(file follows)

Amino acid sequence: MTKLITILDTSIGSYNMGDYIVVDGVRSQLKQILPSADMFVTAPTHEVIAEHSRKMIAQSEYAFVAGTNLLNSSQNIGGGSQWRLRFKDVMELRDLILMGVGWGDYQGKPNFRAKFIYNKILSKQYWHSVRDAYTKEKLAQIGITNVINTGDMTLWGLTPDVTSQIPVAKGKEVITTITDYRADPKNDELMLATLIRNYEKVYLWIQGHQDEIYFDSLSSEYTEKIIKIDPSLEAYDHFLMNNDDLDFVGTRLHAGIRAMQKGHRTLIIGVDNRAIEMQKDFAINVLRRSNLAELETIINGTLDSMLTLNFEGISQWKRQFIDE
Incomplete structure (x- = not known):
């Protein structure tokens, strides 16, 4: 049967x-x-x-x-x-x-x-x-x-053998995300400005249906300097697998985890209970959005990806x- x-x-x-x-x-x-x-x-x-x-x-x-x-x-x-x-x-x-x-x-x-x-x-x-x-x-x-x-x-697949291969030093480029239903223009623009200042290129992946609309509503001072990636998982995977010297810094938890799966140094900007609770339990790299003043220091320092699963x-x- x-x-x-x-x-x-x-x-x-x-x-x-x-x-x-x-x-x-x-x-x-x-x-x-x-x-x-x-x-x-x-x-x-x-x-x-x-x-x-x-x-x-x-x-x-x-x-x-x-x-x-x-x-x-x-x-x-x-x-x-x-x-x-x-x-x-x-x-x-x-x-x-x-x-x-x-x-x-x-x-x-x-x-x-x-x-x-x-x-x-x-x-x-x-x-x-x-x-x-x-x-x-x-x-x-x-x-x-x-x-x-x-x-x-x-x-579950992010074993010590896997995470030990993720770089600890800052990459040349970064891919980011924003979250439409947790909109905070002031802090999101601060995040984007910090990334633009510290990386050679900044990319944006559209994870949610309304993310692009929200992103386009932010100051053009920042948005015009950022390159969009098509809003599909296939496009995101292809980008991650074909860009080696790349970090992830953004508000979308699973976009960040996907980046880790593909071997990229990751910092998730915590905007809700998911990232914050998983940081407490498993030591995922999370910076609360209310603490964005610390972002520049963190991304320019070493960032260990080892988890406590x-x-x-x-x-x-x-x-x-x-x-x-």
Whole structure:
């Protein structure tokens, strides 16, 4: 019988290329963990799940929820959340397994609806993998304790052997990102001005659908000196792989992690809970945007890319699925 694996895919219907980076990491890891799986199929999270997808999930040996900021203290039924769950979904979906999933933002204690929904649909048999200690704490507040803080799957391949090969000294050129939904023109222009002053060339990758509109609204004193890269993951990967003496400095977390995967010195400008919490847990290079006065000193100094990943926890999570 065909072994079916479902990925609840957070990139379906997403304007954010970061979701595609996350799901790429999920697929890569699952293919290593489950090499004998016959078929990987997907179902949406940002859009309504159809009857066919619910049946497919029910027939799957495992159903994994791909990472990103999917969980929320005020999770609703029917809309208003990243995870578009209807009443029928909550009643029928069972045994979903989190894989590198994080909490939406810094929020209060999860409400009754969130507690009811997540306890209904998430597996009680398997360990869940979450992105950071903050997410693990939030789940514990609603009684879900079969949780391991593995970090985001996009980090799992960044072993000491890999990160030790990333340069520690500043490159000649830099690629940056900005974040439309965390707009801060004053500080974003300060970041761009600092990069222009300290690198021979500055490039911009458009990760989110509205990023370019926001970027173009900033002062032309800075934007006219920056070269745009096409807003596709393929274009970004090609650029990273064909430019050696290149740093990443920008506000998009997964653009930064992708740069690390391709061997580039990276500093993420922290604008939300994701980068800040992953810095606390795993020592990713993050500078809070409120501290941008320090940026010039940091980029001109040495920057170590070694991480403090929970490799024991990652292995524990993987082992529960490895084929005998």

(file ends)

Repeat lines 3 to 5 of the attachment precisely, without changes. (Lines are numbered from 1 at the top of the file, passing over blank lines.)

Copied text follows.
């Protein structure tokens, strides 16, 4: 049967x-x-x-x-x-x-x-x-x-053998995300400005249906300097697998985890209970959005990806x- x-x-x-x-x-x-x-x-x-x-x-x-x-x-x-x-x-x-x-x-x-x-x-x-x-x-x-x-x-697949291969030093480029239903223009623009200042290129992946609309509503001072990636998982995977010297810094938890799966140094900007609770339990790299003043220091320092699963x-x- x-x-x-x-x-x-x-x-x-x-x-x-x-x-x-x-x-x-x-x-x-x-x-x-x-x-x-x-x-x-x-x-x-x-x-x-x-x-x-x-x-x-x-x-x-x-x-x-x-x-x-x-x-x-x-x-x-x-x-x-x-x-x-x-x-x-x-x-x-x-x-x-x-x-x-x-x-x-x-x-x-x-x-x-x-x-x-x-x-x-x-x-x-x-x-x-x-x-x-x-x-x-x-x-x-x-x-x-x-x-x-x-x-x-x-x-579950992010074993010590896997995470030990993720770089600890800052990459040349970064891919980011924003979250439409947790909109905070002031802090999101601060995040984007910090990334633009510290990386050679900044990319944006559209994870949610309304993310692009929200992103386009932010100051053009920042948005015009950022390159969009098509809003599909296939496009995101292809980008991650074909860009080696790349970090992830953004508000979308699973976009960040996907980046880790593909071997990229990751910092998730915590905007809700998911990232914050998983940081407490498993030591995922999370910076609360209310603490964005610390972002520049963190991304320019070493960032260990080892988890406590x-x-x-x-x-x-x-x-x-x-x-x-």
Whole structure:
């Protein structure tokens, strides 16, 4: 019988290329963990799940929820959340397994609806993998304790052997990102001005659908000196792989992690809970945007890319699925 694996895919219907980076990491890891799986199929999270997808999930040996900021203290039924769950979904979906999933933002204690929904649909048999200690704490507040803080799957391949090969000294050129939904023109222009002053060339990758509109609204004193890269993951990967003496400095977390995967010195400008919490847990290079006065000193100094990943926890999570 065909072994079916479902990925609840957070990139379906997403304007954010970061979701595609996350799901790429999920697929890569699952293919290593489950090499004998016959078929990987997907179902949406940002859009309504159809009857066919619910049946497919029910027939799957495992159903994994791909990472990103999917969980929320005020999770609703029917809309208003990243995870578009209807009443029928909550009643029928069972045994979903989190894989590198994080909490939406810094929020209060999860409400009754969130507690009811997540306890209904998430597996009680398997360990869940979450992105950071903050997410693990939030789940514990609603009684879900079969949780391991593995970090985001996009980090799992960044072993000491890999990160030790990333340069520690500043490159000649830099690629940056900005974040439309965390707009801060004053500080974003300060970041761009600092990069222009300290690198021979500055490039911009458009990760989110509205990023370019926001970027173009900033002062032309800075934007006219920056070269745009096409807003596709393929274009970004090609650029990273064909430019050696290149740093990443920008506000998009997964653009930064992708740069690390391709061997580039990276500093993420922290604008939300994701980068800040992953810095606390795993020592990713993050500078809070409120501290941008320090940026010039940091980029001109040495920057170590070694991480403090929970490799024991990652292995524990993987082992529960490895084929005998």